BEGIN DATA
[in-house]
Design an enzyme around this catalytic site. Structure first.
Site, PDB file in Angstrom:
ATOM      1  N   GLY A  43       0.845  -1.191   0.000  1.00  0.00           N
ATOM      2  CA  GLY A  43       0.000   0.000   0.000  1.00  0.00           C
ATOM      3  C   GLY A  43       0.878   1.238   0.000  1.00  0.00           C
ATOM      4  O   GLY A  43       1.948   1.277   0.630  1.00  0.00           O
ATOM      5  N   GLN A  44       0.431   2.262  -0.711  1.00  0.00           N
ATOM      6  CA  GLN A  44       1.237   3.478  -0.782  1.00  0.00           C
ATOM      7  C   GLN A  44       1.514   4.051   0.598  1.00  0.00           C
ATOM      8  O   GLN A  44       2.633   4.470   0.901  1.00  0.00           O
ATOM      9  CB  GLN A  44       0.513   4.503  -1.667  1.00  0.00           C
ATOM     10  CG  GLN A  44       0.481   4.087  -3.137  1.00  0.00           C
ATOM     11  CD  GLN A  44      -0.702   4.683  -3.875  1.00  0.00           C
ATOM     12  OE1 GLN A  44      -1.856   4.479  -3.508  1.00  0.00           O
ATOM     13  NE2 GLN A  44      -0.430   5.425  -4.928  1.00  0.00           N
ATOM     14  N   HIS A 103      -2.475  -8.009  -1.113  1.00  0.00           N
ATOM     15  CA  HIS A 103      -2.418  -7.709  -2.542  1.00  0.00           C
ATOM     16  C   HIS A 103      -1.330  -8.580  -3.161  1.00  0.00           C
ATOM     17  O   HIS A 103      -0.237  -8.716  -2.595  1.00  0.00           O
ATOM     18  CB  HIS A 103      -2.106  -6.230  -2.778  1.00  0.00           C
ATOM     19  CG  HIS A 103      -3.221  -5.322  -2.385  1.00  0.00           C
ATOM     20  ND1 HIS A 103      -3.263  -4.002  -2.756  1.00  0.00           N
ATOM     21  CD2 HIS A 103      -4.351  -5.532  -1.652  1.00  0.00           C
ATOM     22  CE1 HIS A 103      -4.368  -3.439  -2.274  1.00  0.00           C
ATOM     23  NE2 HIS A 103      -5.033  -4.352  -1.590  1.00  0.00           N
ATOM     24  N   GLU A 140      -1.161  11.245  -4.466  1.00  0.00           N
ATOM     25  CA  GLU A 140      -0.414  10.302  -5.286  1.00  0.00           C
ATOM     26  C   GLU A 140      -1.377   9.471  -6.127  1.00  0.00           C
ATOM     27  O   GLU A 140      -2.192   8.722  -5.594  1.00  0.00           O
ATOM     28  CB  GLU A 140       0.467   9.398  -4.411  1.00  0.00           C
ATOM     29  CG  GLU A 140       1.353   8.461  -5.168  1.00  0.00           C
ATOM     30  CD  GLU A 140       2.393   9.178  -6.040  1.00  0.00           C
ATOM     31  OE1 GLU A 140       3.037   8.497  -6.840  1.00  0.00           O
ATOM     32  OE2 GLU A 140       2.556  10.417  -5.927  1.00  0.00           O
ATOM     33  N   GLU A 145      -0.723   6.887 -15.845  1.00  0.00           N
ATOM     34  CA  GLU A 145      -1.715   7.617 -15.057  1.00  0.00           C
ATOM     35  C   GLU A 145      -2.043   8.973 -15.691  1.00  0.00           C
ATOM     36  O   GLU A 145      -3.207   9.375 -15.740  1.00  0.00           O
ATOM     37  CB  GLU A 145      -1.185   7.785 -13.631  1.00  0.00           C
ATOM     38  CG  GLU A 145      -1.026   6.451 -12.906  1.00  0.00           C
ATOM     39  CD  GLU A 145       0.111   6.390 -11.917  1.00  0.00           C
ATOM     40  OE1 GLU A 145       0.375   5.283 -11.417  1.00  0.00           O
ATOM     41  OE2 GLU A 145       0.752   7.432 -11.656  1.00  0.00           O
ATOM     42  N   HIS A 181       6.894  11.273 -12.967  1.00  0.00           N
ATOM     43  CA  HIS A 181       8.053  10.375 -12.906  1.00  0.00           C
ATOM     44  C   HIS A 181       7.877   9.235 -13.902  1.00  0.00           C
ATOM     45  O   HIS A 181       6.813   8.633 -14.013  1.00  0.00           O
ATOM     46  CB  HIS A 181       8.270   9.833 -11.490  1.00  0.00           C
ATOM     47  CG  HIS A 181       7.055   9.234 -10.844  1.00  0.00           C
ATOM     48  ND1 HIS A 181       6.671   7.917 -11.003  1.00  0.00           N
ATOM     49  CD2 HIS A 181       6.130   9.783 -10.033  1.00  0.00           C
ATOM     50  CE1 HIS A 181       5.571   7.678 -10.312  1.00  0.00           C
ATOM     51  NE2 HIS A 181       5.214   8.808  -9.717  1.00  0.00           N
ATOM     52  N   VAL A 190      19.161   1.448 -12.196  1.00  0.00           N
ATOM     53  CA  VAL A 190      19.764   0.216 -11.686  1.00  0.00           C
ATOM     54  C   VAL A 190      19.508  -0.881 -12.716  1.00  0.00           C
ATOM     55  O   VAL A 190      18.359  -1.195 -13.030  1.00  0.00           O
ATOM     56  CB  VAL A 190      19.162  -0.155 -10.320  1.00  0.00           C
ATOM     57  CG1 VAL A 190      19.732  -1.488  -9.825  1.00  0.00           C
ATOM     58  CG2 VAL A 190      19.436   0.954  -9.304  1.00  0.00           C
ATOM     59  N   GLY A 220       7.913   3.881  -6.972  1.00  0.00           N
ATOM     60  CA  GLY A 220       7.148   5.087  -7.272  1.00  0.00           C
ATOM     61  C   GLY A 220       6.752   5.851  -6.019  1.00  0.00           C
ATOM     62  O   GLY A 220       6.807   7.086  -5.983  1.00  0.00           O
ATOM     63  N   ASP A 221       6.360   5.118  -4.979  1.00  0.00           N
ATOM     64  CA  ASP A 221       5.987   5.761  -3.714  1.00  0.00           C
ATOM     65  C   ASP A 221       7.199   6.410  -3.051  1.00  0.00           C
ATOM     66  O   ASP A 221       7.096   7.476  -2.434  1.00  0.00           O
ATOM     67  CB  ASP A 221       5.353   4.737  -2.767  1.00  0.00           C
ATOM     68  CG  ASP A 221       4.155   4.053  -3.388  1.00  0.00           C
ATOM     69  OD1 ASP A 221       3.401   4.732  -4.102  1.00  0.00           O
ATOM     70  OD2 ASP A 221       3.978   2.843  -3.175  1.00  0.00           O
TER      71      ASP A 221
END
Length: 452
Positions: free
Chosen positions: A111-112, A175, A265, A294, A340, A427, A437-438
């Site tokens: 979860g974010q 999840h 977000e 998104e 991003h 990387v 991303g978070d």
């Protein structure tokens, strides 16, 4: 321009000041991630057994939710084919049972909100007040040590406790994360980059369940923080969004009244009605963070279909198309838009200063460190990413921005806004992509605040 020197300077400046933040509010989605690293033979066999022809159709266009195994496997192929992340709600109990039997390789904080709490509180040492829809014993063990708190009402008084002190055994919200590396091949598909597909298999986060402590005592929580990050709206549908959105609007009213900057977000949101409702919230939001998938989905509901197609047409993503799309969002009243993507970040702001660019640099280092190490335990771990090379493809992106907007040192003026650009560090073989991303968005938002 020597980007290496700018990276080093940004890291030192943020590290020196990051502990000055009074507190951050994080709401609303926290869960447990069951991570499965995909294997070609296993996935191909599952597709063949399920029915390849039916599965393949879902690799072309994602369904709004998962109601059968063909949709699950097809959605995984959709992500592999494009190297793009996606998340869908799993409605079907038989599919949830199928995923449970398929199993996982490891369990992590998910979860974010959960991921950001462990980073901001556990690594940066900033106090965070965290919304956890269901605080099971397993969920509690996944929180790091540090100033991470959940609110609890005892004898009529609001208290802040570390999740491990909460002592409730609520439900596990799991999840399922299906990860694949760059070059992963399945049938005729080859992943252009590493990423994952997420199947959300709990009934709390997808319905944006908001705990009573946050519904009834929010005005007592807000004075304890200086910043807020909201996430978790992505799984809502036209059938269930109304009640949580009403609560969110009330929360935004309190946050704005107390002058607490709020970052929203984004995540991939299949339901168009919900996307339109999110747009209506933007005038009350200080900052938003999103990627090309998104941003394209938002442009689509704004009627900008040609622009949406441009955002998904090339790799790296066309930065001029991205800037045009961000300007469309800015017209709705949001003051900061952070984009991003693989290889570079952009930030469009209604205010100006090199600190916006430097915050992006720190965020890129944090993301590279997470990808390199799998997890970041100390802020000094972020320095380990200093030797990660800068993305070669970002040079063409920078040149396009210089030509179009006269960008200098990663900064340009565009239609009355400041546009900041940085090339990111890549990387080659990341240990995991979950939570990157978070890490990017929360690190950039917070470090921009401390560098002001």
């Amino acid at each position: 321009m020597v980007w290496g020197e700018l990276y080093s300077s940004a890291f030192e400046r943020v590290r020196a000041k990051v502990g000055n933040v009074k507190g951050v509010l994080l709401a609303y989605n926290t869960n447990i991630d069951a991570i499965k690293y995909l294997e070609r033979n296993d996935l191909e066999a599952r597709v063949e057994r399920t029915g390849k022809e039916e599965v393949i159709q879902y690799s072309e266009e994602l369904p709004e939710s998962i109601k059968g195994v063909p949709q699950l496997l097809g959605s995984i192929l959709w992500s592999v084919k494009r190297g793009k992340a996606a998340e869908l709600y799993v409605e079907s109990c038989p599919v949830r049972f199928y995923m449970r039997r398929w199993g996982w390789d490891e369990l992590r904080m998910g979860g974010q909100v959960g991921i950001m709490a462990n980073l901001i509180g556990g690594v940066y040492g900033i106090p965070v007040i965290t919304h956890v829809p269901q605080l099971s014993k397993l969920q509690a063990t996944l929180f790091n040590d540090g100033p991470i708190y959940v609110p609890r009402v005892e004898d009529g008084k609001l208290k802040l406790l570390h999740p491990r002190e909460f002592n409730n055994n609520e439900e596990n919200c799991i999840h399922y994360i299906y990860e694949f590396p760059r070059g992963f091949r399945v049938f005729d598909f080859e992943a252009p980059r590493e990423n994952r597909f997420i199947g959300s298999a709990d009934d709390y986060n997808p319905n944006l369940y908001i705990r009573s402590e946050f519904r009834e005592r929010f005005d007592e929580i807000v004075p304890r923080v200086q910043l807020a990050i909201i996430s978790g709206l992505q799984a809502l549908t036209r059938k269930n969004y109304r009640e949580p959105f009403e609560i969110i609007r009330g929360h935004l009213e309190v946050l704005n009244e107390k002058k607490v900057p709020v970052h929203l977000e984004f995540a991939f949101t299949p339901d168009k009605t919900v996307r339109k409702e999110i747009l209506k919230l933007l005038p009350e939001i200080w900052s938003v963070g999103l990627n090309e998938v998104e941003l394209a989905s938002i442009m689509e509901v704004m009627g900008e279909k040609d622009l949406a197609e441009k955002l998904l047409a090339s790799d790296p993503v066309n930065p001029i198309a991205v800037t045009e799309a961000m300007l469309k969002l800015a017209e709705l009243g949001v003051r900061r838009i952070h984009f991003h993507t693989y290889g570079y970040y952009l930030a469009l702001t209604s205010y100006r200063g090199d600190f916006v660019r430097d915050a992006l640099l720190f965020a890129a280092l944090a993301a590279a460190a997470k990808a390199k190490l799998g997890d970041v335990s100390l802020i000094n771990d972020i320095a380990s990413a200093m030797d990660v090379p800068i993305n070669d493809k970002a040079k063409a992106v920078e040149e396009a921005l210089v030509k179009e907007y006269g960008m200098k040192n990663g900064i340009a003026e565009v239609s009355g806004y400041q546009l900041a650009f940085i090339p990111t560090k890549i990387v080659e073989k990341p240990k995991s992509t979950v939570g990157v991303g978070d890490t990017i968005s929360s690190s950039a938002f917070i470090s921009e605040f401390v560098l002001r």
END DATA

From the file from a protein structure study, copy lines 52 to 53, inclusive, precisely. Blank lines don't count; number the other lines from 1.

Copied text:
ATOM     49  CD2 HIS A 181       6.130   9.783 -10.033  1.00  0.00           C
ATOM     50  CE1 HIS A 181       5.571   7.678 -10.312  1.00  0.00           C